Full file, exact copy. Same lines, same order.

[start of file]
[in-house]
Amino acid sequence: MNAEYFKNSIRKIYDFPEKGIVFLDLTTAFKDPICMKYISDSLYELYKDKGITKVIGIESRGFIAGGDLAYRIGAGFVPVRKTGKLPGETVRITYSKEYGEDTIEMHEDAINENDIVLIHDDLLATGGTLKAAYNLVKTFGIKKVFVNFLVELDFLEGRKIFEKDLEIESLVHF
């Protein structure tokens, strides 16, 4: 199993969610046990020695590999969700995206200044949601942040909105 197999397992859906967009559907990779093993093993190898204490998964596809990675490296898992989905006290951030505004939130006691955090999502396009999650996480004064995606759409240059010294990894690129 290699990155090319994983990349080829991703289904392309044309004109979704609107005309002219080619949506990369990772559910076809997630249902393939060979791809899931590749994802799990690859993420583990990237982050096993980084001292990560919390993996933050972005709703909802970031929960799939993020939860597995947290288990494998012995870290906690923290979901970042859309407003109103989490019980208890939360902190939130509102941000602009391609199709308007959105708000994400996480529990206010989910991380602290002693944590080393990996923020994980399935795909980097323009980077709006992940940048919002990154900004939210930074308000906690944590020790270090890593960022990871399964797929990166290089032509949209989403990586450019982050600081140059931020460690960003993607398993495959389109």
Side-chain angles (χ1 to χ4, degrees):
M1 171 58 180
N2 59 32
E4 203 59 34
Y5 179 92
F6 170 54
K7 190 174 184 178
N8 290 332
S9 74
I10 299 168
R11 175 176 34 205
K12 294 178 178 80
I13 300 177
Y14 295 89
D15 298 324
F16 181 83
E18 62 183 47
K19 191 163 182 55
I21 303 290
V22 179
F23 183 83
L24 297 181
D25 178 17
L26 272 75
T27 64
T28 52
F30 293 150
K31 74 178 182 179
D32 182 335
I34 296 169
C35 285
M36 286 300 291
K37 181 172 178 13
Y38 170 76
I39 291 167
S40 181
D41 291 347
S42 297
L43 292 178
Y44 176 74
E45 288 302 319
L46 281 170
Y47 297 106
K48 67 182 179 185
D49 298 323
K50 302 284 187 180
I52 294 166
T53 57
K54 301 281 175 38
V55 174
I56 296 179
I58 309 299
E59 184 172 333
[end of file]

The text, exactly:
[in-house]
Amino acid sequence: MNAEYFKNSIRKIYDFPEKGIVFLDLTTAFKDPICMKYISDSLYELYKDKGITKVIGIESRGFIAGGDLAYRIGAGFVPVRKTGKLPGETVRITYSKEYGEDTIEMHEDAINENDIVLIHDDLLATGGTLKAAYNLVKTFGIKKVFVNFLVELDFLEGRKIFEKDLEIESLVHF
């Protein structure tokens, strides 16, 4: 199993969610046990020695590999969700995206200044949601942040909105 197999397992859906967009559907990779093993093993190898204490998964596809990675490296898992989905006290951030505004939130006691955090999502396009999650996480004064995606759409240059010294990894690129 290699990155090319994983990349080829991703289904392309044309004109979704609107005309002219080619949506990369990772559910076809997630249902393939060979791809899931590749994802799990690859993420583990990237982050096993980084001292990560919390993996933050972005709703909802970031929960799939993020939860597995947290288990494998012995870290906690923290979901970042859309407003109103989490019980208890939360902190939130509102941000602009391609199709308007959105708000994400996480529990206010989910991380602290002693944590080393990996923020994980399935795909980097323009980077709006992940940048919002990154900004939210930074308000906690944590020790270090890593960022990871399964797929990166290089032509949209989403990586450019982050600081140059931020460690960003993607398993495959389109």
Side-chain angles (χ1 to χ4, degrees):
M1 171 58 180
N2 59 32
E4 203 59 34
Y5 179 92
F6 170 54
K7 190 174 184 178
N8 290 332
S9 74
I10 299 168
R11 175 176 34 205
K12 294 178 178 80
I13 300 177
Y14 295 89
D15 298 324
F16 181 83
E18 62 183 47
K19 191 163 182 55
I21 303 290
V22 179
F23 183 83
L24 297 181
D25 178 17
L26 272 75
T27 64
T28 52
F30 293 150
K31 74 178 182 179
D32 182 335
I34 296 169
C35 285
M36 286 300 291
K37 181 172 178 13
Y38 170 76
I39 291 167
S40 181
D41 291 347
S42 297
L43 292 178
Y44 176 74
E45 288 302 319
L46 281 170
Y47 297 106
K48 67 182 179 185
D49 298 323
K50 302 284 187 180
I52 294 166
T53 57
K54 301 281 175 38
V55 174
I56 296 179
I58 309 299
E59 184 172 333